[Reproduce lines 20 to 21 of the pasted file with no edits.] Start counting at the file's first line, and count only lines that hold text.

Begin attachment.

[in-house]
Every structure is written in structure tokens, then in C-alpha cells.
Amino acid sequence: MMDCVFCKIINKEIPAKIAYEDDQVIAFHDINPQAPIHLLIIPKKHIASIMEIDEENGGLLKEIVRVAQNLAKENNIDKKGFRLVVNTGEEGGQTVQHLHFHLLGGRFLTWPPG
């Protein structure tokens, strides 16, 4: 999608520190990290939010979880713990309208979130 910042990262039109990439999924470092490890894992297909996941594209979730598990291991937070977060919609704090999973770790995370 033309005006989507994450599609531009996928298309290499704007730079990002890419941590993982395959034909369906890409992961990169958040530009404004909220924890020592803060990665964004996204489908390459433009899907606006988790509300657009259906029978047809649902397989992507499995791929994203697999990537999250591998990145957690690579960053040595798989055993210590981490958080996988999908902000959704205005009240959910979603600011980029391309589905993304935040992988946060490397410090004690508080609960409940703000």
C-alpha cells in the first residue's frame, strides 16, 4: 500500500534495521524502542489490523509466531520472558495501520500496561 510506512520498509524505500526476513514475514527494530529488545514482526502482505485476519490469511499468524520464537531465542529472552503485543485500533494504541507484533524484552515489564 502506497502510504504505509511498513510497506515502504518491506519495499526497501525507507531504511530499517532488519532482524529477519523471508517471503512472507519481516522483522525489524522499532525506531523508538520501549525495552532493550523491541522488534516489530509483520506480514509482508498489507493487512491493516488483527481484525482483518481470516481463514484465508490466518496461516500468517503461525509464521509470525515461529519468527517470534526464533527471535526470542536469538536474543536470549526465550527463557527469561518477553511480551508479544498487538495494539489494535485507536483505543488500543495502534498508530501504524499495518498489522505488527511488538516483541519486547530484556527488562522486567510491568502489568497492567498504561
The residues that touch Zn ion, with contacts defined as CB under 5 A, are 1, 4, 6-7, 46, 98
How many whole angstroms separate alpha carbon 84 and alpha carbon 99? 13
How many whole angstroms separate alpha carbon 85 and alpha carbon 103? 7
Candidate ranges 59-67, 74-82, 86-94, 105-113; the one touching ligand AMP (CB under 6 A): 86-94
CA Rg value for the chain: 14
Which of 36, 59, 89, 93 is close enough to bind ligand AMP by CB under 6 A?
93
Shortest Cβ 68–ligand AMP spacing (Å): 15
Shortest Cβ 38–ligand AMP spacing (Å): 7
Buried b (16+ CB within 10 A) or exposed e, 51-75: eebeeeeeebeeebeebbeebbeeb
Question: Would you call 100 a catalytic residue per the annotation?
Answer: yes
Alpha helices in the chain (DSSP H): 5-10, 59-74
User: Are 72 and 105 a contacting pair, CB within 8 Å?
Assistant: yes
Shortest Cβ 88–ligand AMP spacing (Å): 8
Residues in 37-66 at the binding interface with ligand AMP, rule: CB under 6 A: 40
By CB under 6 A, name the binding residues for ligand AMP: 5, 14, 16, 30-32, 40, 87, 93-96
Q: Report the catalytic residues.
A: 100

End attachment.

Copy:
Assistant: yes
Shortest Cβ 88–ligand AMP spacing (Å): 8